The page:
I quickly called my friend Glenda TCF_NB mom who is rapidly becoming a very good friend. I recalled the evening events to her. We cried and laughed together until it was time to hit the ‘reset’ button and go to sleep. Tomorrow is another day full of victories, struggles and emotions. Five more weeks of this. Next year, my ‘new normal’ might be to go away for the entire month of December.

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Basia Mosinski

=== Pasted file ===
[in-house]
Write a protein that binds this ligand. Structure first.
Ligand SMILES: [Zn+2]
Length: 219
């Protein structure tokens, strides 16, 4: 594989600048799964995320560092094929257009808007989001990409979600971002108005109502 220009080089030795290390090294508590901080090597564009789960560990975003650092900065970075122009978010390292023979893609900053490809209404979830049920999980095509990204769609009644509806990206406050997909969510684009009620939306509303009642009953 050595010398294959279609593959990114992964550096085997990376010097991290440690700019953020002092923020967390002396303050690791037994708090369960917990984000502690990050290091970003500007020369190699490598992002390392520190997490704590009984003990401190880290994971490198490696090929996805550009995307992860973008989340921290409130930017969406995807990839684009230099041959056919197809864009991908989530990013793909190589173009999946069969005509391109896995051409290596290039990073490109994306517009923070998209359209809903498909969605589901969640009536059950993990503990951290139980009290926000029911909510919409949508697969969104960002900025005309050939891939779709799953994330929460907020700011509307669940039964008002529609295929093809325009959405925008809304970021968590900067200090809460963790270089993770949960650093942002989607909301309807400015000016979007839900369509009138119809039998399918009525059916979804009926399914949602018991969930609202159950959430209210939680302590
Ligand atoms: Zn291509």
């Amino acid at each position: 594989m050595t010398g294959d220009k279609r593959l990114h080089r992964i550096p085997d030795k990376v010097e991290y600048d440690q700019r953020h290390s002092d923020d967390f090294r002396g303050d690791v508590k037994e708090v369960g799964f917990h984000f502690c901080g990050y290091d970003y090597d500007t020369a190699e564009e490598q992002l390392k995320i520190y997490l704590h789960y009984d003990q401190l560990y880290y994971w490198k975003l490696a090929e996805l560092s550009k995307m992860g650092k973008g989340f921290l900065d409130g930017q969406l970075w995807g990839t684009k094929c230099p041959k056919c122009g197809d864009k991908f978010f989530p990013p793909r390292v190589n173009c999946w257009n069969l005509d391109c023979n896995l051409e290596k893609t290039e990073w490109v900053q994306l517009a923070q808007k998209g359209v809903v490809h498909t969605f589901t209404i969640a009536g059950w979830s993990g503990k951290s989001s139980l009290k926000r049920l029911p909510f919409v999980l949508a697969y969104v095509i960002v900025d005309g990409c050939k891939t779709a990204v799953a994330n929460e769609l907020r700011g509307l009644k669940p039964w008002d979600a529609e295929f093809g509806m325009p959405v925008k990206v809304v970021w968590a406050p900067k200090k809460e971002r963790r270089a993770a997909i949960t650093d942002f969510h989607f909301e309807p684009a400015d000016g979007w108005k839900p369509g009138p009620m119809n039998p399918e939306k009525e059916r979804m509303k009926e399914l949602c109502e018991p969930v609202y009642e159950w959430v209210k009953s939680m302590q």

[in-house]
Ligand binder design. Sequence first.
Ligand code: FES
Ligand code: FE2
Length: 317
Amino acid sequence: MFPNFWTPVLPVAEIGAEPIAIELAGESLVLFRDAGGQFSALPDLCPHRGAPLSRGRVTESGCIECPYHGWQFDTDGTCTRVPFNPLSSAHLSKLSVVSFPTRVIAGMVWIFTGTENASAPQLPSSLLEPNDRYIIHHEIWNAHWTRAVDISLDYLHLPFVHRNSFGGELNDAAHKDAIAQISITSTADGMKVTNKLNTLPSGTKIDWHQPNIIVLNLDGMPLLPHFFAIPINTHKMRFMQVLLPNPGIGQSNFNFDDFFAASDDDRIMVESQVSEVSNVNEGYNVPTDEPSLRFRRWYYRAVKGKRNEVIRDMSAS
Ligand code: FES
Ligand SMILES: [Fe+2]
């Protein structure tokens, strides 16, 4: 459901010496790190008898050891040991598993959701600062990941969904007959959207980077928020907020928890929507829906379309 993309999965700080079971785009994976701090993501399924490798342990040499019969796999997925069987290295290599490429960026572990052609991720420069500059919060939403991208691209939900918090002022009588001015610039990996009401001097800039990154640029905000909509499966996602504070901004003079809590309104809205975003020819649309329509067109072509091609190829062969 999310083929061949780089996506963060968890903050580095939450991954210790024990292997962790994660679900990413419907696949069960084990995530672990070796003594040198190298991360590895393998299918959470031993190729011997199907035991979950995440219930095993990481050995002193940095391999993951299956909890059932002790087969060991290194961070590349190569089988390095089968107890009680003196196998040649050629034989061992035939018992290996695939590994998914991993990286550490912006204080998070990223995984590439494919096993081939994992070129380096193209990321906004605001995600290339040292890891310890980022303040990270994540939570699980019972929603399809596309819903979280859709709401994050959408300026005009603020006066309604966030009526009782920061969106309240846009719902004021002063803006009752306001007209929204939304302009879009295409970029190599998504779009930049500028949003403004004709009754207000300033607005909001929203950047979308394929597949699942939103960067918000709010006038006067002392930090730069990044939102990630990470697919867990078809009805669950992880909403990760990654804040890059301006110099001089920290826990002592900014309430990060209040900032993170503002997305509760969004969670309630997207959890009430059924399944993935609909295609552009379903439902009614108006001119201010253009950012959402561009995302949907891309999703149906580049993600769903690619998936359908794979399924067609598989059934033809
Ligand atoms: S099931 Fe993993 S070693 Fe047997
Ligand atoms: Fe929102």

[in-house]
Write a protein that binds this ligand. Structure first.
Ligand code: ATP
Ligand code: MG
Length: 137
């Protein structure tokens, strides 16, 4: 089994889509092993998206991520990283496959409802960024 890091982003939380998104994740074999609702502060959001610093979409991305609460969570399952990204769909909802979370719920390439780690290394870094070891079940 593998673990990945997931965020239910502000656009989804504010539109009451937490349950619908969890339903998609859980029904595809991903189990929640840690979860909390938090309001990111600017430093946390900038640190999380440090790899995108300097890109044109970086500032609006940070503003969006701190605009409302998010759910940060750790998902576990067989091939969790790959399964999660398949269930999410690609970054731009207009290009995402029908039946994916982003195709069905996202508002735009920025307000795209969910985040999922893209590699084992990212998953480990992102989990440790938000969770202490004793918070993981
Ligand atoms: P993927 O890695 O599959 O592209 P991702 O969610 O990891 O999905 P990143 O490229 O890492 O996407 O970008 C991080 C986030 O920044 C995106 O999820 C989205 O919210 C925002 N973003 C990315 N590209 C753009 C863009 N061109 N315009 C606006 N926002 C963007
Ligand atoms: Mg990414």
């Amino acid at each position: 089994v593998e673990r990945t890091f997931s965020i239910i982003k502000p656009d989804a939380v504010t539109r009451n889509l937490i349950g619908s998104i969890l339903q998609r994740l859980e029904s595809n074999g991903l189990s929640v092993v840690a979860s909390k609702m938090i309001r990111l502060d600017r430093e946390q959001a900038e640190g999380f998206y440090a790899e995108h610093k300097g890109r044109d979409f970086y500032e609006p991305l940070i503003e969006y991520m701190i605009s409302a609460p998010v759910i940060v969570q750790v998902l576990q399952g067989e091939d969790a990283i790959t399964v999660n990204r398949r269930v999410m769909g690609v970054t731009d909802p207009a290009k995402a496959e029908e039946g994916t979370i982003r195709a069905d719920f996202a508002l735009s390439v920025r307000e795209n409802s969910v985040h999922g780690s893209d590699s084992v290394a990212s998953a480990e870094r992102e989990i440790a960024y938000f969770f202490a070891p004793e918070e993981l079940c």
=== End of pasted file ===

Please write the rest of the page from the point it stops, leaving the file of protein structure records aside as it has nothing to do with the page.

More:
Basia Mosinski, MA, MFA is an online Grief/Hope/Wellness Specialist. Basia was a Keynote Speaker at The Compassionate Friends 2018 National Conference. In 1993, Basia’s stepson Logan died in a head-on train collision in the midwest where she and her family lived. Within two years, her marriage broke apart and more losses compounded. Logan’s death took her on a journey through pain to inner healing and growth. Along the way, she participated in The Phoenix Project a 12-week intensive process for healing grief and loss. She not only participated in the process she later became a ritual elder of The Phoenix Project, working with Dr Jack Miller. In December of 2001 Dr Miller invited her and several other practitioners to give a weekend of healing to families impacted by 9/11 in New York. Basia was so moved by that work that when she returned to Chicago, she enrolled at the School of the Art Institute of Chicago where she was teaching to gain a second masters’ degree in Art Therapy. When she graduated in 2005, she relocated to NY where she became the Assistant Director of Mental Health at Gay Men’s Health Crisis while maintaining a thriving private practice, sharing office space with Dr. Heidi Horsley. In 2014, Basia moved to Southern California to live close to her only child, her grown son, Richard, his wife and her granddaughter. 9 months later, Richard died suddenly from a pulmonary embolism on a flight from Chicago to Orange County. In addition to helping others on their journey of healing, Basia is helping herself through the shock of what has happened by using what she has learned along the way and through writing a book about her process and the ways that she and her family are coping with the loss of Richard through texting, photos and ‘sightings’. Basia is the Executive Director of and chapter leader of The Compassionate Friends_Newport Beach